Human Tests for Embryonic Stem Cells Reportedly Coming Despite Judge’s Ruling

Bioethics   |   Steven Ertelt   |   Aug 30, 2010   |   9:00AM   |   WASHINGTON, DC

Human Tests for Embryonic Stem Cells Reportedly Coming Despite Judge’s Ruling

by Steven Ertelt Editor
August 30
, 2010

Washington, DC ( — A federal judge may have issued a ruling stopping federal funding of embryonic stem cell research, but a new report out today indicates human trials with the cells may be forthcoming despite problems using them in animals. Scientists have yet to overcome significant problems in animal studies and testing.

The Washington Post reports today that scientists are "poised" to begin trials with embryonic stem cells in patients with blindness and spinal cord injuries.

The newspaper says "the tests are worrying many proponents: Some argue that the experiments are premature, others question whether they are ethical, and many fear that the trials risk disaster for the field if anything goes awry."

The news report features John Gearhart, a stem cell scientist at the University of Pennsylvania, who admits problems with the embryonic cells causing tumors when injected in animals and facing rejection from the immune system have likely not been solved.

"We desperately need to know how these cells are going to perform in the human setting," Gearhart said. "But are we transplanting cells that are going to cause tumors? Will they will stay where you put them and do what you want them to do?"

Thomas B. Okarma, president and chief executive of Geron Corporation in California, told the Post "We’re very optimistic," but did not say anything about whether the problems — not needed in the use of adult stem cells — had been conquered.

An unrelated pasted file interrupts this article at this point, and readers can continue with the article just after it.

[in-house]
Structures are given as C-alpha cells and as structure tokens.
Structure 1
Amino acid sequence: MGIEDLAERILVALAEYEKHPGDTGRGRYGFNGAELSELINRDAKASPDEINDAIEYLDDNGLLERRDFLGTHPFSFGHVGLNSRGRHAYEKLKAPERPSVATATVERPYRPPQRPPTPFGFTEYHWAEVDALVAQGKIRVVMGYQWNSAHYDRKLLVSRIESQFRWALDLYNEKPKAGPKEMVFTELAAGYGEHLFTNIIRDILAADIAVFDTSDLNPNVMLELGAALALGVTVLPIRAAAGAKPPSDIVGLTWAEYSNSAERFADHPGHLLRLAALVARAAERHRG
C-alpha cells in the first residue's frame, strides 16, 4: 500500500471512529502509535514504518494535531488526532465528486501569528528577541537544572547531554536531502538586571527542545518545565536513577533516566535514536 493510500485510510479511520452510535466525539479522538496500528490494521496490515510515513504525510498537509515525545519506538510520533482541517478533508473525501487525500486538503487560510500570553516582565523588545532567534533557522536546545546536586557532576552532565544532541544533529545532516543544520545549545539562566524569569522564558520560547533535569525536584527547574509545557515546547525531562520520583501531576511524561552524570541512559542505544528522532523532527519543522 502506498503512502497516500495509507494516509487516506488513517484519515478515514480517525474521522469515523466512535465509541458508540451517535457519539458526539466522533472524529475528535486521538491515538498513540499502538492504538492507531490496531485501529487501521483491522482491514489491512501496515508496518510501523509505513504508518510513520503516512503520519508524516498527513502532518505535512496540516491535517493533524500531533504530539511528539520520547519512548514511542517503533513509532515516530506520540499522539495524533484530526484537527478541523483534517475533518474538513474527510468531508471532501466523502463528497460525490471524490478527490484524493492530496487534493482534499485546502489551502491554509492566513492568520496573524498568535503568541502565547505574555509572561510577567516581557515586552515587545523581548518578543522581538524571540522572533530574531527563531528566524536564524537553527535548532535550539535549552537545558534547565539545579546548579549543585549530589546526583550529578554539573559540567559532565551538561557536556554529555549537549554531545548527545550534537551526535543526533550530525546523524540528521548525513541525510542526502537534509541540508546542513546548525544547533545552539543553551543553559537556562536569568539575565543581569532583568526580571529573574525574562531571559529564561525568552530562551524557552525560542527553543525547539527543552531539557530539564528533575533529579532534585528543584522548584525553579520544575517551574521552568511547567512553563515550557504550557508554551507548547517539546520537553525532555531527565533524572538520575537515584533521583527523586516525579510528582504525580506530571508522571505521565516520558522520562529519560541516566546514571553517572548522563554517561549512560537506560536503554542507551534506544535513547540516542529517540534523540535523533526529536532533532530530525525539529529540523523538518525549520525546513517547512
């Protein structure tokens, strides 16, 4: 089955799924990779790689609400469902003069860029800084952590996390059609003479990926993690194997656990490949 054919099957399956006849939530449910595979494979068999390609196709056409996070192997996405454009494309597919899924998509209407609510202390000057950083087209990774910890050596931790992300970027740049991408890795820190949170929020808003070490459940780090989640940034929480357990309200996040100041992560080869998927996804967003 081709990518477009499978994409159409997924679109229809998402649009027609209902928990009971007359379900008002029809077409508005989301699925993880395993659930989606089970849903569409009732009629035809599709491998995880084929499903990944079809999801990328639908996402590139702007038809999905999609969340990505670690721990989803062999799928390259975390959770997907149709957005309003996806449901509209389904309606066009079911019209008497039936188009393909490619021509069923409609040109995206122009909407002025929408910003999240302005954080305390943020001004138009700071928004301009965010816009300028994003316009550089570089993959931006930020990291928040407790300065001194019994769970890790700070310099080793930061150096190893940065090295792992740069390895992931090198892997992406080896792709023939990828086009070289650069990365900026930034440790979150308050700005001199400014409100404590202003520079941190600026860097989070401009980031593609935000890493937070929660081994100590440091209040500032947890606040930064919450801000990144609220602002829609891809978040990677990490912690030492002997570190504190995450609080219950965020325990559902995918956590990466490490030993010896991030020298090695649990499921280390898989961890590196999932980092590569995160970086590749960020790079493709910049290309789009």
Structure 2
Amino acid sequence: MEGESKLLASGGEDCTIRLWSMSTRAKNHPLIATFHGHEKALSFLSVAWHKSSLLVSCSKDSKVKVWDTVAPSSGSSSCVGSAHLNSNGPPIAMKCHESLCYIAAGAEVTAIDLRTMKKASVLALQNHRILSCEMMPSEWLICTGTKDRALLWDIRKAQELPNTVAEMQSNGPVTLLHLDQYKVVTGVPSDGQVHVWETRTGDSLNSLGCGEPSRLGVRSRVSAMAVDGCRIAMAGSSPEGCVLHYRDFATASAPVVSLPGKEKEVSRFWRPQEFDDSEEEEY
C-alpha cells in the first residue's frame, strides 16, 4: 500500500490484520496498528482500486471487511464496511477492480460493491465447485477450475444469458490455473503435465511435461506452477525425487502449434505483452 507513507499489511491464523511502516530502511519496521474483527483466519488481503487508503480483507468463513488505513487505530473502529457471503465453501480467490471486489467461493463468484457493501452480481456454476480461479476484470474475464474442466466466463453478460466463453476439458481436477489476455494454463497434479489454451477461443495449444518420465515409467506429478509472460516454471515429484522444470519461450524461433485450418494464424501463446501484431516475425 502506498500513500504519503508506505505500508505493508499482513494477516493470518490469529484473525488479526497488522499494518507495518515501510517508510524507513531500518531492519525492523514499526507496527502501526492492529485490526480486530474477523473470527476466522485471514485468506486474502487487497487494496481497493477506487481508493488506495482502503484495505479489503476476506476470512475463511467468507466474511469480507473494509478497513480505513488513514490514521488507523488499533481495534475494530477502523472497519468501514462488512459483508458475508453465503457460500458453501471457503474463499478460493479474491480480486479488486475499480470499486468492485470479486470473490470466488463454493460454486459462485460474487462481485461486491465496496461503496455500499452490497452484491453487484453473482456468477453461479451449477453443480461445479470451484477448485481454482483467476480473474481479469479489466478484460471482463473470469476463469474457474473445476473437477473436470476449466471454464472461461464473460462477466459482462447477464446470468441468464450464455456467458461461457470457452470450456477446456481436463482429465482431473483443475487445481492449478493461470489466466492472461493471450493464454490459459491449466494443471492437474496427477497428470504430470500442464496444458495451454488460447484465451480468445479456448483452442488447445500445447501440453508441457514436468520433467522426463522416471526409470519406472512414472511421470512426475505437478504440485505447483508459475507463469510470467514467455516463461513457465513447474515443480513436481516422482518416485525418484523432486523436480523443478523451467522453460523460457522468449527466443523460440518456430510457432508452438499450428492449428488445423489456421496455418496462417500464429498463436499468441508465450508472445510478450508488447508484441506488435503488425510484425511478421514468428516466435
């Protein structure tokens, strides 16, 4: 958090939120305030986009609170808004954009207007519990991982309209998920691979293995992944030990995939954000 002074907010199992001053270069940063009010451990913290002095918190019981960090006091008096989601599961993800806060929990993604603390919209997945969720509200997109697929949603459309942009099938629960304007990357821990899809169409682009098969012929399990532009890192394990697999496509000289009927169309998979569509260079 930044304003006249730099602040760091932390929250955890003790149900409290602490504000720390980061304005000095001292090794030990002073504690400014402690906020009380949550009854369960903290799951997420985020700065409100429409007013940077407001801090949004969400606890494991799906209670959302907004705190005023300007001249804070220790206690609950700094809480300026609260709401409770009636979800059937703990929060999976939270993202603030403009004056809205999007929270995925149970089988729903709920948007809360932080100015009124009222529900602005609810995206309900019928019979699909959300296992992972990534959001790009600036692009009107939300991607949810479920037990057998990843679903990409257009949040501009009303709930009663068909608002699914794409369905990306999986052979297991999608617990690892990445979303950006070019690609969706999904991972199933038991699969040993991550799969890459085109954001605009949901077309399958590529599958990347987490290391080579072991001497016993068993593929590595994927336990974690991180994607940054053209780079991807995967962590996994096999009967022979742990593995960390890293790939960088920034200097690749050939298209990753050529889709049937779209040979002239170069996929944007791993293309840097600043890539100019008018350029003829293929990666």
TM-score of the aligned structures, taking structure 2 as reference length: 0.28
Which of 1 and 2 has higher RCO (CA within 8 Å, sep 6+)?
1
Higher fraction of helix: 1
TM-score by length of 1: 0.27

"We jumped through a lot of hoops to convince a lot of audiences," Okarma said.

But Evan Y. Snyder, director of the stem cell program at the Sanford-Burnham Medical Research Institute in San Diego, admitted to the newspaper, "There’s a lot of angst around these trials."

"There’s going to be this perception that if the cells do not perform well, the entire field will be illegitimate," he said.

Even if the trials are successful, it’s not a guarantee that embryonic stem cells will work or that they have moved passed the problems with animal studies. That’s because Geron will inject "oligodendrocyte progenitor cells" created from embryonic stem cells — not the embryonic cells themselves.

Robert Lanza, Advanced Cell Technology’s chief scientific officer, told the Post his company is working on another embryonic stem cell treatment that should be moving forward soon for human trials. He, too, assured the newspaper it was safe but did to mention the problems with animal studies.

Dave Andrusko of the National Right to Life Committee responded to what he called a "very skittish" story — "a cautionary tale, wrapped in qualifications, inside a plea that please-don’t-let-anything-go-wrong."

"There are any number of safety concerns surrounding the use of embryonic stem cells, "most prominently" that "the cells could cause tumors." These fears have been ratcheted up both by the immediate context and the nature of the trials," he writes in response.


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